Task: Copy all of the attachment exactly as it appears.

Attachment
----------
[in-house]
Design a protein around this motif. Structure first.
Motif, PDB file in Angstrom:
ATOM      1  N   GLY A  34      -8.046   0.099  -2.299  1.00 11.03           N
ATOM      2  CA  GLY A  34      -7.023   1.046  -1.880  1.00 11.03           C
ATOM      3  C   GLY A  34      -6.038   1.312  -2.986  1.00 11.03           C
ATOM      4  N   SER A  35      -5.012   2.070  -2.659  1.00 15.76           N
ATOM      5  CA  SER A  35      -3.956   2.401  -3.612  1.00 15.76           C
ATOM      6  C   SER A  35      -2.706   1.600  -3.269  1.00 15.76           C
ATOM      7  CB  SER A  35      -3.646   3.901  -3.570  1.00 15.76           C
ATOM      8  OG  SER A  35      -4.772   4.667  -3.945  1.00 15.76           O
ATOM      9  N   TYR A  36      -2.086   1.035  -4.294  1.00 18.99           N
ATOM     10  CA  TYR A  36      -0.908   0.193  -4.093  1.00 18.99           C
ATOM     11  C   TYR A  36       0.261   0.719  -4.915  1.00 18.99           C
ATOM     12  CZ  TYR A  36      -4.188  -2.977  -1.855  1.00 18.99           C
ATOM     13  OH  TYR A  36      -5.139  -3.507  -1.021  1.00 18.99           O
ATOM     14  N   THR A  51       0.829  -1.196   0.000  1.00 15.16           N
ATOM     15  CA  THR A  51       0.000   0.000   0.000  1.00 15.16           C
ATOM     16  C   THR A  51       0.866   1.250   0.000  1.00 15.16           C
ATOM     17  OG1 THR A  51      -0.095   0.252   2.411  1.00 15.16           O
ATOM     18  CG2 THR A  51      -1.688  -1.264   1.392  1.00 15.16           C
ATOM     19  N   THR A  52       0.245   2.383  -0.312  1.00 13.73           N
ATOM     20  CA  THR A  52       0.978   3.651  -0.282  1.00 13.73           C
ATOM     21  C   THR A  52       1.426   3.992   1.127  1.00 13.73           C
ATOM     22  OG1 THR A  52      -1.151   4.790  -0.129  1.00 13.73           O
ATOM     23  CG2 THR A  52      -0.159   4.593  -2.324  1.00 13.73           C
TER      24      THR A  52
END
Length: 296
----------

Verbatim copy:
[in-house]
Design a protein around this motif. Structure first.
Motif, PDB file in Angstrom:
ATOM      1  N   GLY A  34      -8.046   0.099  -2.299  1.00 11.03           N
ATOM      2  CA  GLY A  34      -7.023   1.046  -1.880  1.00 11.03           C
ATOM      3  C   GLY A  34      -6.038   1.312  -2.986  1.00 11.03           C
ATOM      4  N   SER A  35      -5.012   2.070  -2.659  1.00 15.76           N
ATOM      5  CA  SER A  35      -3.956   2.401  -3.612  1.00 15.76           C
ATOM      6  C   SER A  35      -2.706   1.600  -3.269  1.00 15.76           C
ATOM      7  CB  SER A  35      -3.646   3.901  -3.570  1.00 15.76           C
ATOM      8  OG  SER A  35      -4.772   4.667  -3.945  1.00 15.76           O
ATOM      9  N   TYR A  36      -2.086   1.035  -4.294  1.00 18.99           N
ATOM     10  CA  TYR A  36      -0.908   0.193  -4.093  1.00 18.99           C
ATOM     11  C   TYR A  36       0.261   0.719  -4.915  1.00 18.99           C
ATOM     12  CZ  TYR A  36      -4.188  -2.977  -1.855  1.00 18.99           C
ATOM     13  OH  TYR A  36      -5.139  -3.507  -1.021  1.00 18.99           O
ATOM     14  N   THR A  51       0.829  -1.196   0.000  1.00 15.16           N
ATOM     15  CA  THR A  51       0.000   0.000   0.000  1.00 15.16           C
ATOM     16  C   THR A  51       0.866   1.250   0.000  1.00 15.16           C
ATOM     17  OG1 THR A  51      -0.095   0.252   2.411  1.00 15.16           O
ATOM     18  CG2 THR A  51      -1.688  -1.264   1.392  1.00 15.16           C
ATOM     19  N   THR A  52       0.245   2.383  -0.312  1.00 13.73           N
ATOM     20  CA  THR A  52       0.978   3.651  -0.282  1.00 13.73           C
ATOM     21  C   THR A  52       1.426   3.992   1.127  1.00 13.73           C
ATOM     22  OG1 THR A  52      -1.151   4.790  -0.129  1.00 13.73           O
ATOM     23  CG2 THR A  52      -0.159   4.593  -2.324  1.00 13.73           C
TER      24      THR A  52
END
Length: 296